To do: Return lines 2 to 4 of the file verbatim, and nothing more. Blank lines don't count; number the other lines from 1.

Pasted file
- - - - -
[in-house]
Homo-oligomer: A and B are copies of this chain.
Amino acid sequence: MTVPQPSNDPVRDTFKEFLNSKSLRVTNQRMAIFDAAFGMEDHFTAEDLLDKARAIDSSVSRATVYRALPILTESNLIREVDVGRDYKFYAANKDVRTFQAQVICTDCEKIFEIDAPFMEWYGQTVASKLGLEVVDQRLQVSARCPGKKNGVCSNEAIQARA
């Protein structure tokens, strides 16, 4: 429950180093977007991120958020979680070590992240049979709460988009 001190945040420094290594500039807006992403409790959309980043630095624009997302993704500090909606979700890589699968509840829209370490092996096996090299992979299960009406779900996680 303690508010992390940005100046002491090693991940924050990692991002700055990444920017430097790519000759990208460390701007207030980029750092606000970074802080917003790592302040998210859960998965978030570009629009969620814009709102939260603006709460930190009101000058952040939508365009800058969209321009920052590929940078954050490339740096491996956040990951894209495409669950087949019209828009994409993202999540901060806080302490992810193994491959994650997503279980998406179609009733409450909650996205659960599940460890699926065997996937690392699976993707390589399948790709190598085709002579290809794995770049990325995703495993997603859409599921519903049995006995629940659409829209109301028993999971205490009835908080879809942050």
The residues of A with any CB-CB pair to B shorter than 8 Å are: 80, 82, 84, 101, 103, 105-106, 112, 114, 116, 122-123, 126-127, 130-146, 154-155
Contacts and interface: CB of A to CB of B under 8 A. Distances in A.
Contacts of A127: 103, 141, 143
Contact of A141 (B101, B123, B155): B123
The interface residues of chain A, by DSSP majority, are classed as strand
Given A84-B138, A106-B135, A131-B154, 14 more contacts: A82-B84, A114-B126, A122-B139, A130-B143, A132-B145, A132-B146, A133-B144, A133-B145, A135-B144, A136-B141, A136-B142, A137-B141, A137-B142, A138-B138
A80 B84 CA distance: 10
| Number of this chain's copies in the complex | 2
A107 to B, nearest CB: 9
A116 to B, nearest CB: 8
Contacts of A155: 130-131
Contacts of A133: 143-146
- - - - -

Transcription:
Homo-oligomer: A and B are copies of this chain.
Amino acid sequence: MTVPQPSNDPVRDTFKEFLNSKSLRVTNQRMAIFDAAFGMEDHFTAEDLLDKARAIDSSVSRATVYRALPILTESNLIREVDVGRDYKFYAANKDVRTFQAQVICTDCEKIFEIDAPFMEWYGQTVASKLGLEVVDQRLQVSARCPGKKNGVCSNEAIQARA
């Protein structure tokens, strides 16, 4: 429950180093977007991120958020979680070590992240049979709460988009 001190945040420094290594500039807006992403409790959309980043630095624009997302993704500090909606979700890589699968509840829209370490092996096996090299992979299960009406779900996680 303690508010992390940005100046002491090693991940924050990692991002700055990444920017430097790519000759990208460390701007207030980029750092606000970074802080917003790592302040998210859960998965978030570009629009969620814009709102939260603006709460930190009101000058952040939508365009800058969209321009920052590929940078954050490339740096491996956040990951894209495409669950087949019209828009994409993202999540901060806080302490992810193994491959994650997503279980998406179609009733409450909650996205659960599940460890699926065997996937690392699976993707390589399948790709190598085709002579290809794995770049990325995703495993997603859409599921519903049995006995629940659409829209109301028993999971205490009835908080879809942050």